A Lonesome Life At Fifteen


Del Carter, a lonesome girl, fifteen years of age, hated
her life and everything in it. She had many problems
affecting everything she did. Problems at home caused
problems at school. Problems in school affected her social
life. It seemed that everything she did turned out wrong. 

It was a hot, sticky, summer day in July. Del sat in her
bed, with a book in her hand. She read a lot because she
felt as if it took her out of reality and away from her
pain and suffering. Sometimes Del would lie on her bed and
listen to the birds chirp. Such a simple thing made Del so
happy. She also loved to listen to the children play and
laugh. Del envied them. She wished that she had friends to
play with when she was younger. 

Her parents were downstairs fighting as they had always
done. This didn't even faze Del anymore because she was
used to the yelling and fighting. Her parents acted like
children. Del always wondered why they didn't get divorced.
She didn't stop reading until her parents started to talk
about her. 

"If she was like Andy, then maybe she would do something
with her life. She would be out doing -- kid things," said
Mr. Carter. 

Andy was Del's older sister. She graduated college and
worked as an accountant for the Bank of New York. She was
the exact opposite of Del. She was smart, funny, pretty,
popular, and most importantly she was loved.
Her mother then screamed, "Del just needs time to... open
up." Del's mother at least attempted to act like she loved
and cared about Del. But deep down her mom knew that Del
would never open up to anybody. Her mom knew that Del would
always be the same boring, fat, ugly Del that she was that
day. The words that her parents said hit her like targeted
bullets. Every word cut her like a knife. She thought that
her parents had a right to say what they did about her.
After all Del was a complete failure. She then bottled up
the heartache inside as she always did and went back to
reading her book. 

That September, when school began, Del woke up and started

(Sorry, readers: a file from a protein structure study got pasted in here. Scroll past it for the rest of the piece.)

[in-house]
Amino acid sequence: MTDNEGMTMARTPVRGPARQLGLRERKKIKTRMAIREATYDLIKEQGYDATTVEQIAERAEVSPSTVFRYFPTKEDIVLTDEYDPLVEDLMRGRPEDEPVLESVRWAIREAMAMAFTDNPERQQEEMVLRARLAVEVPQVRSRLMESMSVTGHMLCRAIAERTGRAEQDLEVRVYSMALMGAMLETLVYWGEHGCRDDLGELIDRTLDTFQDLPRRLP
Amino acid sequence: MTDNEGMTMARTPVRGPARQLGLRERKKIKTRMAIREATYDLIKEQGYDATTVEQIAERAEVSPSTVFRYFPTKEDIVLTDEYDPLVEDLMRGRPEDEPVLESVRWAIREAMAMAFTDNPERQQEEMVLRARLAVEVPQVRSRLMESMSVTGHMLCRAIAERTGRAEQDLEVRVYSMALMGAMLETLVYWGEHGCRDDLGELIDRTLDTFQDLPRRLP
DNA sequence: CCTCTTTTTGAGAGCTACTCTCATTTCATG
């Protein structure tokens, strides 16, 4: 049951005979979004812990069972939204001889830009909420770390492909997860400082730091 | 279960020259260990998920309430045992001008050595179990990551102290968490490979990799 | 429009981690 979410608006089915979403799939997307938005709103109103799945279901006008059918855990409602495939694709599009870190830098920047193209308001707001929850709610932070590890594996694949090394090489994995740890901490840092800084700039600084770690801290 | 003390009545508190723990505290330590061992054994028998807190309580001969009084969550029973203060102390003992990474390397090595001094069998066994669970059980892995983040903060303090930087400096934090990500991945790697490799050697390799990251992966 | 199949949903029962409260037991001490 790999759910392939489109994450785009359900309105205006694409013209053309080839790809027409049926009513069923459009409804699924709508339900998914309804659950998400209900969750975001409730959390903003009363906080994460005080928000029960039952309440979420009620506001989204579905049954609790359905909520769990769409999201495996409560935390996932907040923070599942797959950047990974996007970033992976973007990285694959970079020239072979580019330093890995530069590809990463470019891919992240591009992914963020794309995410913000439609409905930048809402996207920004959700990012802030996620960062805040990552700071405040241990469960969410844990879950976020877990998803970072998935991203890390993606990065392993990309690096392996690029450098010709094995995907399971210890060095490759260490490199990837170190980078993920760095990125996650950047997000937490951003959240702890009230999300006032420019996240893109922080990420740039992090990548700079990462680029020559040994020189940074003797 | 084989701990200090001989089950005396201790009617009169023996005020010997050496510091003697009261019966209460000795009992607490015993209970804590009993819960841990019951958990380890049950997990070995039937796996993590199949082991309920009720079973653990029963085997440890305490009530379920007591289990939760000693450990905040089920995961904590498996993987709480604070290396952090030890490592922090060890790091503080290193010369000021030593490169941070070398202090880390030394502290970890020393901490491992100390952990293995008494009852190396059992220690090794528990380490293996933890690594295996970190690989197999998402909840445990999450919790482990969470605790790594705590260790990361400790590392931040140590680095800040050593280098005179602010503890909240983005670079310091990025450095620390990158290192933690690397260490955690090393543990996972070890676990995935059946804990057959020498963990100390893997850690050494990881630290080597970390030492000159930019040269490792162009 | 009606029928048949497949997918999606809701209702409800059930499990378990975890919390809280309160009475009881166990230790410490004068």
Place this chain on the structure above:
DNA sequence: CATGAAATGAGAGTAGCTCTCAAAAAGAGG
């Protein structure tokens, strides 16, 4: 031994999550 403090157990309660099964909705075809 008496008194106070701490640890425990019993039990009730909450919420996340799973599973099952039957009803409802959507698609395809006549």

her daily routine. Everyday she would get up, put on
anything, eat breakfast, and walk out the door. When she
did this she thought of her sister. She wondered about what
Andy did on her first day of the tenth grade. "Was she
excited," Del thought to herself. Del was never excited
about school. To her it was just another place where people
made fun of her and talked about her. She went to school
that day wearing black pants, a black shirt and black
shoes. She wasn't wild about colors. They were too happy
and full of life. Del wasn't living a happy wonderful life,
so why should she be something she wasn't?. She didn't care
about what she wore. She simply got dressed with whatever
was lying around.. 

She walked down the hallway with a depressed lifeless look
on her face. She dragged her feet across the school floor
as if they were two heavy weights. Down the hallway stood
two boys who had nothing better to do with their lives then
stare at her. When she passed them, they began to talk
about her. "What did she do to them," she thought to
herself. She had never even seen those two boys before. She
did nothing to deserve this constant torture.
Del's life went on. Year by year, day by day, it was all
the same. Her life was filled with pain and suffering until
one dark day, God decided that Del was needed somewhere
else. On October 3, 1993, Del got into a car accident. It
was a head-on collision and she died from the harsh impact.
She was finally free.


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